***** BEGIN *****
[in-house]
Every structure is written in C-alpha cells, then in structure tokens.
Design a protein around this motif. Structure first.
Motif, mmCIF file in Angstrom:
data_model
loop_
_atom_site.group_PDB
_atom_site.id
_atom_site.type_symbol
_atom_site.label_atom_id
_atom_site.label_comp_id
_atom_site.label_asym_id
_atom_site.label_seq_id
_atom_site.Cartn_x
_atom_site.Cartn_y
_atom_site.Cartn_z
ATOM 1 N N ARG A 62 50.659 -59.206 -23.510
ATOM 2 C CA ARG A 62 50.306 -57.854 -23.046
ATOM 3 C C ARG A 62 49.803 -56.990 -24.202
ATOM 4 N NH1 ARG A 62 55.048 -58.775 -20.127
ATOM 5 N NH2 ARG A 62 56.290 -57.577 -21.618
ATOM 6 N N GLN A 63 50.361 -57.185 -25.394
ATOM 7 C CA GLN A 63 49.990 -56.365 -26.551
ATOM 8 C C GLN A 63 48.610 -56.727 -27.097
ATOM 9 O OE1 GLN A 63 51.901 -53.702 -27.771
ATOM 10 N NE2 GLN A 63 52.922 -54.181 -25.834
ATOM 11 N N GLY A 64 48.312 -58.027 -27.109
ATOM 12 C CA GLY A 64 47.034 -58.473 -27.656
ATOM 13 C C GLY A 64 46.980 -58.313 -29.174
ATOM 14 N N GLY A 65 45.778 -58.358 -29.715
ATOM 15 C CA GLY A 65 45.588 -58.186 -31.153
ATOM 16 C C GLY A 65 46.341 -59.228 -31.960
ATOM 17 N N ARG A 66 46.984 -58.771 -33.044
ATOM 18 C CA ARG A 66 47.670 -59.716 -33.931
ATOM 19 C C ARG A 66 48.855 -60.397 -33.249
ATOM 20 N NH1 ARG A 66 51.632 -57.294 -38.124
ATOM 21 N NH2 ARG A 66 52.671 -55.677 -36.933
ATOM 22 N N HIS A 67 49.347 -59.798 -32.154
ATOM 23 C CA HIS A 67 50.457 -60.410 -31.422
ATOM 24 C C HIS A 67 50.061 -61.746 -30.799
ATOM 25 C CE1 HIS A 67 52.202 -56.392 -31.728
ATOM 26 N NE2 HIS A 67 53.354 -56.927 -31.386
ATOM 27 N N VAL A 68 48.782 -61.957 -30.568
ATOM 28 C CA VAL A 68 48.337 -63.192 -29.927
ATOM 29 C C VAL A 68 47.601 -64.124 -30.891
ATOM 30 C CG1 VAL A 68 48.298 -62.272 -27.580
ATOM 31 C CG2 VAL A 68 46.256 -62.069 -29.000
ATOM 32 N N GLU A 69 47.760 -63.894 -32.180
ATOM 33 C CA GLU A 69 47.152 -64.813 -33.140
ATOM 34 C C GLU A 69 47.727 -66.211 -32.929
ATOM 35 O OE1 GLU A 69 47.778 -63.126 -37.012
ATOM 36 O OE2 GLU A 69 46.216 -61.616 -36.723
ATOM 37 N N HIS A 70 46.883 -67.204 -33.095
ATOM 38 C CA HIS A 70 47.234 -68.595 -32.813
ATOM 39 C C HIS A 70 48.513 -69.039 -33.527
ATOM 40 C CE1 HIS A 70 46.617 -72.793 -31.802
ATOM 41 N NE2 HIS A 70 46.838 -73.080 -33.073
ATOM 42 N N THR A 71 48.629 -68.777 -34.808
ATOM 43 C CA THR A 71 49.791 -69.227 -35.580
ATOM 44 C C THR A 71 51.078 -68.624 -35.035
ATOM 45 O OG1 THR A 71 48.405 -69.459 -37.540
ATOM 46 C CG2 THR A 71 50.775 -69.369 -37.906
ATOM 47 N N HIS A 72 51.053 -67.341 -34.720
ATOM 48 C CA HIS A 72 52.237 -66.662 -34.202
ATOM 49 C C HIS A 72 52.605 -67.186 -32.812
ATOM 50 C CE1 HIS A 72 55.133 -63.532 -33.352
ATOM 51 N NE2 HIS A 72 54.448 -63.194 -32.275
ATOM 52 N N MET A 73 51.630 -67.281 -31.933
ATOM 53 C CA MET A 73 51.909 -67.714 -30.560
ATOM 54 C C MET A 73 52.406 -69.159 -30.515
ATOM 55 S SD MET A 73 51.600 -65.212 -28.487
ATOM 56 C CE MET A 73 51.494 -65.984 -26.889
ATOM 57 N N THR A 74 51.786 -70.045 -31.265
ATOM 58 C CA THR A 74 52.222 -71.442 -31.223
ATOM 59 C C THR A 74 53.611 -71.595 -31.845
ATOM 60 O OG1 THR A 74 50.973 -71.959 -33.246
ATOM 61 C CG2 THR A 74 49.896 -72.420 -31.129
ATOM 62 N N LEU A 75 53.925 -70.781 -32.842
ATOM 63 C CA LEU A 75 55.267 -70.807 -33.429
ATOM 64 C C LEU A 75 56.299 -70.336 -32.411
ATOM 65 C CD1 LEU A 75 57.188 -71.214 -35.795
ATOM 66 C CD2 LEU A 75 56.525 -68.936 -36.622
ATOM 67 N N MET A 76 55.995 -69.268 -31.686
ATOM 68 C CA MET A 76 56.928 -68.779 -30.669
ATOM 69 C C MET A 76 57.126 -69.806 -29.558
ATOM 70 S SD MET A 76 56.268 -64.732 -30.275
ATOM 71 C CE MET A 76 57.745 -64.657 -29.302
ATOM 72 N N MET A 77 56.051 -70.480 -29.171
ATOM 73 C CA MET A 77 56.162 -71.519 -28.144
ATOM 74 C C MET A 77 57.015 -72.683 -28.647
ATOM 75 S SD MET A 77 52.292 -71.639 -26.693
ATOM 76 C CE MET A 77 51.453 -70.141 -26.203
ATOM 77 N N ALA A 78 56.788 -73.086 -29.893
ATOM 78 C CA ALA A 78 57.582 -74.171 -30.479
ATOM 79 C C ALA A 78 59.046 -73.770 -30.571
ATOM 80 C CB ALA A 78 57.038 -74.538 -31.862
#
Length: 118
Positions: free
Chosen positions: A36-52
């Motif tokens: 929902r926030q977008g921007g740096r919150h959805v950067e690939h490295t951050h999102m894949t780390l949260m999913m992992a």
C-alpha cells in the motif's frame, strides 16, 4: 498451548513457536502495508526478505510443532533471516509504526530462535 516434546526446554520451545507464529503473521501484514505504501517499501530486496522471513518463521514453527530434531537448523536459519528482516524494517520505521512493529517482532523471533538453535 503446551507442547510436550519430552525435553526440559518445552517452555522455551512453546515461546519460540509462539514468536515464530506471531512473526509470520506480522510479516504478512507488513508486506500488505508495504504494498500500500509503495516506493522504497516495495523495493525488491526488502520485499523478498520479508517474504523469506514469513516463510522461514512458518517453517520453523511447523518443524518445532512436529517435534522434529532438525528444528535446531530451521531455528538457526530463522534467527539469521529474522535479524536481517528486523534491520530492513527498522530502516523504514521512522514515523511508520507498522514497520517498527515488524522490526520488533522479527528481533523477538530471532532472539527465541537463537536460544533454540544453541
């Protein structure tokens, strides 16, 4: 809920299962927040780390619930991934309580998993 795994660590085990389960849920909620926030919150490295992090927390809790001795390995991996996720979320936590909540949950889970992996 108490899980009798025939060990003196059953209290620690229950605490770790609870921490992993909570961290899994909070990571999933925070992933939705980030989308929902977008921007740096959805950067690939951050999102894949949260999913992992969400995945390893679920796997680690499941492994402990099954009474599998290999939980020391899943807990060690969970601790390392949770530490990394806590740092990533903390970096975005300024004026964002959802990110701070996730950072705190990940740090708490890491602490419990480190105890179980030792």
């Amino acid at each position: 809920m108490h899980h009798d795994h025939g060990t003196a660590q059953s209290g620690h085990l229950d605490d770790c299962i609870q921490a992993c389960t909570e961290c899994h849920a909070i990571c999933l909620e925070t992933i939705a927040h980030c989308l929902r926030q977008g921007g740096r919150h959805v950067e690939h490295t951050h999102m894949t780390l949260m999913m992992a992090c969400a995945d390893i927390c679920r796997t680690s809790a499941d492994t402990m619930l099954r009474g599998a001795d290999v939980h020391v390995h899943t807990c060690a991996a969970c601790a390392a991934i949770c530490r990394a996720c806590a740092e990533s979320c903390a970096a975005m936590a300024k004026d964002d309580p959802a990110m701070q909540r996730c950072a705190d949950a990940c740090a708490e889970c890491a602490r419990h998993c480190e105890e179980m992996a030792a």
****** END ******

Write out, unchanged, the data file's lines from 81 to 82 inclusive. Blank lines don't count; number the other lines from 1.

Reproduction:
ATOM 65 C CD1 LEU A 75 57.188 -71.214 -35.795
ATOM 66 C CD2 LEU A 75 56.525 -68.936 -36.622